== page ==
Tito Vida’s sets are often a mix of throwback R&B, hip-hop, and house. And when there is a chance, he injects music from Filipino-American artists like K Rizz, also known as Slayrizz. “Her name is K Rizz, but she’s a Slaysian. She’s dope because she always sings or raps about being Filipino and her kultura,” he says. Her song “If It Ain’t Foreign, It’s Borin’” is a manifesto of Asian pride. “Slaysians, it’s our turn to let our stories be told,” she raps. And it’s exactly what the Slaysians of Bubble_T do.

The inclusion of music like that of K Rizz’s and ’90s bands like One Vo1ce is an important reminder of their identity as Asian-Americans. “That’s why I always strive to offer Filipino culture through music,” he says.

““I think [the queer community] is accepted on a commercial level. I don’t feel that it’s really that genuine yet, but I’m excited that there’s a lot of visibility now. I’ll take that any day, because I really had no one to look up to before. It’s not where it needs to be yet, but I think it’s on its way.”

Although Bubble_T has been able to create a safe space for queer Asians, Tito Vida says queer people of color still face certain struggles in the US, especially now, with Trump in power.

Read more: For queer couples, holding hands in public is still a privilege

“I think [the queer community] is accepted on a commercial level. I don’t feel that it’s really that genuine yet, but I’m excited that there’s a lot of visibility now. I’ll take that any day, because I really had no one to look up to before. It’s not where it needs to be yet, but I think it’s on its way,” he says. “But it’s also amazing because I think the queer community, specifically the people of color, realized they don’t have to conform to what’s presented to them as gay culture or queer culture. I love New York and how it welcomes people to create their own spaces.”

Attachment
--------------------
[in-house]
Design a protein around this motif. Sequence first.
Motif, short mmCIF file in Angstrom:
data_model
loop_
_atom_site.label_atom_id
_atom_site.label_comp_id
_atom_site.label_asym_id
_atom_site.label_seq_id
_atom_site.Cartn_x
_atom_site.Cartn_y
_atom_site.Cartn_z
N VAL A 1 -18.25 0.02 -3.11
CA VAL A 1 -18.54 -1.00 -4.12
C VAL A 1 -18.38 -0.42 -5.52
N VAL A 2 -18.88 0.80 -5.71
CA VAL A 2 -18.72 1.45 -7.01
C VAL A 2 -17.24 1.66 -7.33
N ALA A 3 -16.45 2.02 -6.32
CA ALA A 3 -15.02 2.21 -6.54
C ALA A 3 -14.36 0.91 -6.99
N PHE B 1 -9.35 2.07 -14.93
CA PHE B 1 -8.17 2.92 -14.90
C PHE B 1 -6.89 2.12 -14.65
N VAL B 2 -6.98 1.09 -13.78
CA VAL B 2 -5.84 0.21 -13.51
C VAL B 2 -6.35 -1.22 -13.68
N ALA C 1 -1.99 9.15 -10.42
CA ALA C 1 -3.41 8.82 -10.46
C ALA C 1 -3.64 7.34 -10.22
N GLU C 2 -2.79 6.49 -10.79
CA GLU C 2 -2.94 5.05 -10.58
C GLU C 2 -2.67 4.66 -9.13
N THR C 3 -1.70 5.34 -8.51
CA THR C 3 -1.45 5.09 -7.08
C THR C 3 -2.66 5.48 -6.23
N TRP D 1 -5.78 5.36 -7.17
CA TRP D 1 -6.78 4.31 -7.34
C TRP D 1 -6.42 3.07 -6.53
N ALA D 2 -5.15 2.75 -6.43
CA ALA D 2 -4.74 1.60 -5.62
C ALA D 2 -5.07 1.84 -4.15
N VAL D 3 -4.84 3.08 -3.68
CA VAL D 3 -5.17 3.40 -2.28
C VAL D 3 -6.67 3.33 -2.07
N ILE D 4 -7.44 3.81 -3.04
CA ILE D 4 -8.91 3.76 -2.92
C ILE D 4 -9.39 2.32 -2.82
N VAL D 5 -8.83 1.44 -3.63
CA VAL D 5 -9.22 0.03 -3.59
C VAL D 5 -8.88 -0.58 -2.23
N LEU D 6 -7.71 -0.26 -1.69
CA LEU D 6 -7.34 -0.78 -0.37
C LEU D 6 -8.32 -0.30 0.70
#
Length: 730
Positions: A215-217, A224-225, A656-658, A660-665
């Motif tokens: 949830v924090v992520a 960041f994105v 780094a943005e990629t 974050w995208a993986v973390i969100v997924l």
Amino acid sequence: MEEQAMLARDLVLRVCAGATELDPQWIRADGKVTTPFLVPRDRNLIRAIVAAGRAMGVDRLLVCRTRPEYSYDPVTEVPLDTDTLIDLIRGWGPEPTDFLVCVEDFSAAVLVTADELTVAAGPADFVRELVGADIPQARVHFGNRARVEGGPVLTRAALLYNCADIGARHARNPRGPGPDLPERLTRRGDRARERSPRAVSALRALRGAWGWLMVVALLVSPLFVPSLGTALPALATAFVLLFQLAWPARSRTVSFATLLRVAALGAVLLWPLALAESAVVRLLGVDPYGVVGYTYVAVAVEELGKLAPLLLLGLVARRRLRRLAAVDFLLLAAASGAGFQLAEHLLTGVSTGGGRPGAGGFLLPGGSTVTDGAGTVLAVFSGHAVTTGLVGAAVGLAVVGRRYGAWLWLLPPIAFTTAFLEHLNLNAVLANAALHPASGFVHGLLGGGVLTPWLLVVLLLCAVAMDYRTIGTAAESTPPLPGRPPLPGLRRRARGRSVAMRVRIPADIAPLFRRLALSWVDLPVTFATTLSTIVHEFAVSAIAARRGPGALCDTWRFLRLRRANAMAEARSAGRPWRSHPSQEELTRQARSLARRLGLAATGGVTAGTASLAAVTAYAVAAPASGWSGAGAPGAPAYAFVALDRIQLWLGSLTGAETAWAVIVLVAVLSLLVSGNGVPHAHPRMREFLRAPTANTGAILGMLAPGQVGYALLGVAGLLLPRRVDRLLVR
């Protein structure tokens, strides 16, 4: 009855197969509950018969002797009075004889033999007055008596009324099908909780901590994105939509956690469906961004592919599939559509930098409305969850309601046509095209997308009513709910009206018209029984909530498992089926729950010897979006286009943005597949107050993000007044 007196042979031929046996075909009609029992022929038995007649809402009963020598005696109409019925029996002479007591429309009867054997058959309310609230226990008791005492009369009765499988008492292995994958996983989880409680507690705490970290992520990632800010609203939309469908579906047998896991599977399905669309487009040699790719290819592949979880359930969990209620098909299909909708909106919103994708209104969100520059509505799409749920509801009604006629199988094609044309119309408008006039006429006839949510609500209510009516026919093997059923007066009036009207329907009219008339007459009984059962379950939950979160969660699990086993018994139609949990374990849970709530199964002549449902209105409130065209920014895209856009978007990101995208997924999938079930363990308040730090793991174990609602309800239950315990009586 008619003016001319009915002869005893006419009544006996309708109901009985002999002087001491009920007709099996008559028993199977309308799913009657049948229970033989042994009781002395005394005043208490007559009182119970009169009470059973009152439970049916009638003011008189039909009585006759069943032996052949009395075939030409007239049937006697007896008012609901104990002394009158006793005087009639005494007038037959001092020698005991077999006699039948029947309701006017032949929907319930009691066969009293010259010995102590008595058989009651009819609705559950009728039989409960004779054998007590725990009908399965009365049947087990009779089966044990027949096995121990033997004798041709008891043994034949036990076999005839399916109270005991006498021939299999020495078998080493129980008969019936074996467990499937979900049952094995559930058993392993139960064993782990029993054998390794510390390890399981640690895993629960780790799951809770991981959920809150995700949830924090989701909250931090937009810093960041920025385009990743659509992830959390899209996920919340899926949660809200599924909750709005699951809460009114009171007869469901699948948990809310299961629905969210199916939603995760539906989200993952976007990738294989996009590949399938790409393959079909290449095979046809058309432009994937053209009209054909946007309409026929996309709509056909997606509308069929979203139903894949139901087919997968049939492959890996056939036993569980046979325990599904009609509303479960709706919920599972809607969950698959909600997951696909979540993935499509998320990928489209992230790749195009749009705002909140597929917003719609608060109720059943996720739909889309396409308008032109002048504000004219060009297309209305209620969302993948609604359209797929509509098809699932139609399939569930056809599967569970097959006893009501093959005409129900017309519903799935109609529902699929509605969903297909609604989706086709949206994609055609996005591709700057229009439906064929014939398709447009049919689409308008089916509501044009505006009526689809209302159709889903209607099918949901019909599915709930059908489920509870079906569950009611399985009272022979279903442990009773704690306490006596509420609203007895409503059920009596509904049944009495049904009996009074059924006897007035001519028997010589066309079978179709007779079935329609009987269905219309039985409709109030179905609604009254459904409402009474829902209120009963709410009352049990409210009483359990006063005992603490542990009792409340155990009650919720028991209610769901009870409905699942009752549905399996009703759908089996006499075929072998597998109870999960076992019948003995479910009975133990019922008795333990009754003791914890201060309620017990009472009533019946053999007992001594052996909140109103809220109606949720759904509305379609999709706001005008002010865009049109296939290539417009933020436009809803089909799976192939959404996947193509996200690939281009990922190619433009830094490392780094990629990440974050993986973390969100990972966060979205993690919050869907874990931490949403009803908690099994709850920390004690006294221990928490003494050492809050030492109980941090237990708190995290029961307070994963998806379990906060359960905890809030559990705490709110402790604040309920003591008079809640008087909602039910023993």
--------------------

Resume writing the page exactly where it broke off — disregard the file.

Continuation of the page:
Bubble T is all about building a fun, inclusive safe space for queer Asian-Americans. Their logo is designed by Nicholas, who is also part of the creative duo CONFETTISYSTEM. They put it on fans, tees, and even on IG filters.

The Bubble_T collective (“We call ourselves family. It becomes a collective because we do things together”) is no longer just confined within the walls of just one bar. They’ve been collaborating with other collectives and brands. They helped genderless fashion brand Private Policy mount a presentation at the Museum of Chinese in America in New York. They’ve also done a back-to-school party at MoMA PS1, where they made a karaoke stage (“You can be like Beyoncé for one night”). They’ve also done some parties for Opening Ceremony. Then, a few days before we met Tito Vida here in Manila, he was with Robyn.

“If people aren’t dancing, it’s not a good party.”

The Swedish artist—the queen of sad pop, as Tito Vida says—was in New York for a couple of events. She released her collaboration with sportswear brand Björn Borg at Opening Ceremony in New York. Tito Vida, alongside other DJs from Bubble_T and the queer collective Papi Juice, DJed at the afterparty in Sony Music Hall. Robyn set a door charge of $10 only, so everyone could dance with her.

The day after, Tito Vida watched Robyn at Madison Square Garden. And all he can say about her is, “She’s such an angel.” Robyn immersed the concert hall in high spirits that evening, but her electrifying body of work extended beyond that massive space. On social media, a video of commuters in Penn Station singing “Dancing On My Own” went viral. It exhibits a euphoric sense of freedom and community.

Why are they called Bubble T? “We have a long list. Bubble T was just perfect. It sounds fun and we want to have fun parties. And it’s super Asian.”

It’s the same vibrant and valiant vibe that Bubble_T fosters in their parties. And it’s also similar to how Solange fearlessly tells the tale of black culture. Although Robyn, Solange, and Bubble_T often cross the mainstream, they remain on the outskirts of it. Perhaps that precarious disposition gives them the unique freedom to narrate their stories without fear.

It’s that position that literally (and figuratively) gets their respective tribes to move. After all, “If people aren’t dancing, it’s not a good party.”

Photography by JP Talapian

This story is originally published in our 35th issue and has been edited for web.